The day is warm, the sun shining,
a soft breeze is blowing, the fall colors are in their glory.
Yet on this Georgian hillside, a heaviness is in the air,
and an unseen stirring leaves ones very being wounded and torn.
The sorrow of thousands of souls are calling to the living.
Suffering is felt on the whispers of the breeze.
It is told by tall oak trees standing sentinel over long abandoned wells,
dug to escape, bone chilling cold, starvation,
the blazing Georgia sun, disease
and above all the burning desire for freedom.
It is spoken in earthworks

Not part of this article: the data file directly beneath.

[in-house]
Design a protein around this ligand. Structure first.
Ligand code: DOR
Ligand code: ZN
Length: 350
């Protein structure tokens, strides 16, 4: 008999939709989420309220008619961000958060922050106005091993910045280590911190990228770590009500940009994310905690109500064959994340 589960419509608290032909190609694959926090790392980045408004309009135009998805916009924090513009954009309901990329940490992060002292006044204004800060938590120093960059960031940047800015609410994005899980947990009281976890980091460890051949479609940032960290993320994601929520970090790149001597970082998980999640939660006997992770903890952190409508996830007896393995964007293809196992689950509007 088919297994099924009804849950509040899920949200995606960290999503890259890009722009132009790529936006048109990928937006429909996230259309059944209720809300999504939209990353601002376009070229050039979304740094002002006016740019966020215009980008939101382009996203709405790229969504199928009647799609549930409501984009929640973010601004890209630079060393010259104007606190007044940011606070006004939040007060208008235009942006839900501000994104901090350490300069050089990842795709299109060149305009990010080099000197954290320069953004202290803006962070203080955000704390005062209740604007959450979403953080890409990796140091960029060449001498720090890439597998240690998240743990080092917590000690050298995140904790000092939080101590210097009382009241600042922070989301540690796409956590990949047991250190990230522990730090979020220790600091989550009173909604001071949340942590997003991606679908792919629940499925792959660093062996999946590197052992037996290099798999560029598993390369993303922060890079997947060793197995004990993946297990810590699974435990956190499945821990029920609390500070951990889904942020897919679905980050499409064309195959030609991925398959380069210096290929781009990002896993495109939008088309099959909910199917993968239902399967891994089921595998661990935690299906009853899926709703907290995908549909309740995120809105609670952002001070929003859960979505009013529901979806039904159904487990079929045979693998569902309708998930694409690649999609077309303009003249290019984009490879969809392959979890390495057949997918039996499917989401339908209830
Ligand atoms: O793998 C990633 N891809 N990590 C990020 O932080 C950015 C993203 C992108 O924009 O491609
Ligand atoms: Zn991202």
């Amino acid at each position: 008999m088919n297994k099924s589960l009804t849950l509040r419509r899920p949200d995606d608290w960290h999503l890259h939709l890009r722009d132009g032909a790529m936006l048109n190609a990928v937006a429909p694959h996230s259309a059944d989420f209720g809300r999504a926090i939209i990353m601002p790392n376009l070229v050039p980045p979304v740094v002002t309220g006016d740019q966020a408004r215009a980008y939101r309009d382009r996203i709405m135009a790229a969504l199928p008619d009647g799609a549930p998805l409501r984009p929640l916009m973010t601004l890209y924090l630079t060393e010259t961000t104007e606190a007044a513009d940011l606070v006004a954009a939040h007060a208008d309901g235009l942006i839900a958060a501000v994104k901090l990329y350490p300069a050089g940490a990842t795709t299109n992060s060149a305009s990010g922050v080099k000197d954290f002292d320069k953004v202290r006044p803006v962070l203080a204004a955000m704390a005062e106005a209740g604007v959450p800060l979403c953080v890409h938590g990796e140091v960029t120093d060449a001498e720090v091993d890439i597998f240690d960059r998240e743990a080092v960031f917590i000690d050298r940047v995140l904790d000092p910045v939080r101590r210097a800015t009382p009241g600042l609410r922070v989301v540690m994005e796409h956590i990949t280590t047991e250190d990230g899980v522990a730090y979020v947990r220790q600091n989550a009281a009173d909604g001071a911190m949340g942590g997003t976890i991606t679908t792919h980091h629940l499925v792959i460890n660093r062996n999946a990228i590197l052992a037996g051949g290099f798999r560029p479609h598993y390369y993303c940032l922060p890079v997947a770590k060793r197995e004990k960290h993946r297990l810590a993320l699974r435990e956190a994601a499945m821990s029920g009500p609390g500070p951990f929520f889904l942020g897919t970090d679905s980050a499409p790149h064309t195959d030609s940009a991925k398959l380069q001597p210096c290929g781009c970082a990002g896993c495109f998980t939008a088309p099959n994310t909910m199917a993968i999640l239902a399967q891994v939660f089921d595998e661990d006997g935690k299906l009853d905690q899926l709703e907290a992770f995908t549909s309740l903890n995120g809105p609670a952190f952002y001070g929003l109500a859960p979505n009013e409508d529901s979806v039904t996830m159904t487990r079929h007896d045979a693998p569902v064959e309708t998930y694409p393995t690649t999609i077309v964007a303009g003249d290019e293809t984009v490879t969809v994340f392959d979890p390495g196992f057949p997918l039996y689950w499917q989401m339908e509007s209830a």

built to keep others at bay with the weapons of war.
Had I not been told the story of this place,
. . . all is not well
would still have been whispered in my ears.
White carved stones stand is perfect rows,
dedicated to the men who died at this beautiful place,
now tarnished by cruelty and suffering.
The feeling in my heart and in my soul is this...
It is their bodies that now rest in the red Georgia clay
but their souls still linger
within the stockade walls,
and this is what they wish to tell us,
if we will but listen.
make sure this happens Never Again!
allow not yourselves to war against one another again,
stand united and strong against that which ails your
country and fight together as brothers should,
not divided, desolate and alone.
Andersonville, Douglas, Belle Isle or Elmira.
Let no man hold a brother captive again.
So as you leave this place,
May you leave in peace and may you Never let us be forgotten .
Julia K. Hogston
November 5, 2000